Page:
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N789EP accident description

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Crash location 39.325556°N, 76.413611°W
Reported location is a long distance from the NTSB's reported nearest city. This often means that the location has a typo, or is incorrect.
Nearest city Baltimore, MD
39.290385°N, 76.612189°W
10.9 miles away
Tail number N789EP
Accident date 04 Jun 2010
Aircraft type Cessna 172S
Additional details: None

NTSB Factual Report

According to the pilot, he was cleared to land on runway 33 and advised of approaching weather. During the approach, the airplane encountered heavy rain, moderate turbulence, strong crosswinds, and a “sudden downdraft and crosswind” that resulted in a “very hard” landing. The airplane became “unstable,” and began to bounce down the runway. The pilot aborted the landing and returned to land on runway 15. The airplane landed hard once again, and again bounced several times down the runway. During a turn on the runway, the pilot noted a flat nose tire and requested assistance for a tow. A subsequent examination of the airplane revealed a propeller strike and substantial damage to the firewall, as well as wrinkling of the lower fuselage. An aviation routine weather report for the airport, about the time of the accident, included winds from 150 degrees true at 7 knots, and thunderstorms in the vicinity. The director of operations where the airplane was based on the airport, and one of the line service personnel who towed the airplane after the accident, confirmed that there had been a passing thunderstorm at the time of the accident. The pilot was not sure which of the hard landings resulted in the damage to the airplane.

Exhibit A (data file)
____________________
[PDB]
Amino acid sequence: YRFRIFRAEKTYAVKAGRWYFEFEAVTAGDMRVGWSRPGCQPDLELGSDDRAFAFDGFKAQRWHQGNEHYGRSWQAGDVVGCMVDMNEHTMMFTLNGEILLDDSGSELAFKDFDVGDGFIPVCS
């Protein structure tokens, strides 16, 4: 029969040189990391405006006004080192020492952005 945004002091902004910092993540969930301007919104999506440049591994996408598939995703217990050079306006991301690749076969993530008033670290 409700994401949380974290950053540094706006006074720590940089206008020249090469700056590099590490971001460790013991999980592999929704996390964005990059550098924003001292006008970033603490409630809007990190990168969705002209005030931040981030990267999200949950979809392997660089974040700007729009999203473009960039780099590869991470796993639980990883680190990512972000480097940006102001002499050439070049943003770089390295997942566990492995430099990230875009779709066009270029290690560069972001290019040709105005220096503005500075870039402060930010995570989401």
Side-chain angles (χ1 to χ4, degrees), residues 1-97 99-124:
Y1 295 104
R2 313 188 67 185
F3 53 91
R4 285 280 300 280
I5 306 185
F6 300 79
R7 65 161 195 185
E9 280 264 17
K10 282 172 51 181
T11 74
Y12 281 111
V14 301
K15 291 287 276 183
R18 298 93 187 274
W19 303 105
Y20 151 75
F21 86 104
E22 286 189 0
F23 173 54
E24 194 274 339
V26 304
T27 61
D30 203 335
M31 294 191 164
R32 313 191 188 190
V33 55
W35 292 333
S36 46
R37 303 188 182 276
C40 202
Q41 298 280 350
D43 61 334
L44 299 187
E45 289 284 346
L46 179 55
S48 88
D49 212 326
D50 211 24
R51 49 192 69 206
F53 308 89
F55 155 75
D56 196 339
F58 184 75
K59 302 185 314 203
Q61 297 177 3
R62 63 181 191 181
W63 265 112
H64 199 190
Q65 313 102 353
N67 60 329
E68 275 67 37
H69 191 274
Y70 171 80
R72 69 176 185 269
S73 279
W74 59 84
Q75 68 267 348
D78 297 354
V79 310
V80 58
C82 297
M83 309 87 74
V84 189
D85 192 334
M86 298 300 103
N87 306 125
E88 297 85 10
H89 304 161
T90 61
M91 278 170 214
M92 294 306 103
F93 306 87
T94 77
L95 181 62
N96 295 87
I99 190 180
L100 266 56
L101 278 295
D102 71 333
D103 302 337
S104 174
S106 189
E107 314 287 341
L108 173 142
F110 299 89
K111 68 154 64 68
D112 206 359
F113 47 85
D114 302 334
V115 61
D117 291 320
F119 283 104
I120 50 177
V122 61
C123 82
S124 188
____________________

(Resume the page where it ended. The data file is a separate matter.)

NTSB Probable Cause

The pilot’s improper flare, which resulted in a hard landing. Contributing to the accident was the pilot’s improper decision to land during a thunderstorm.

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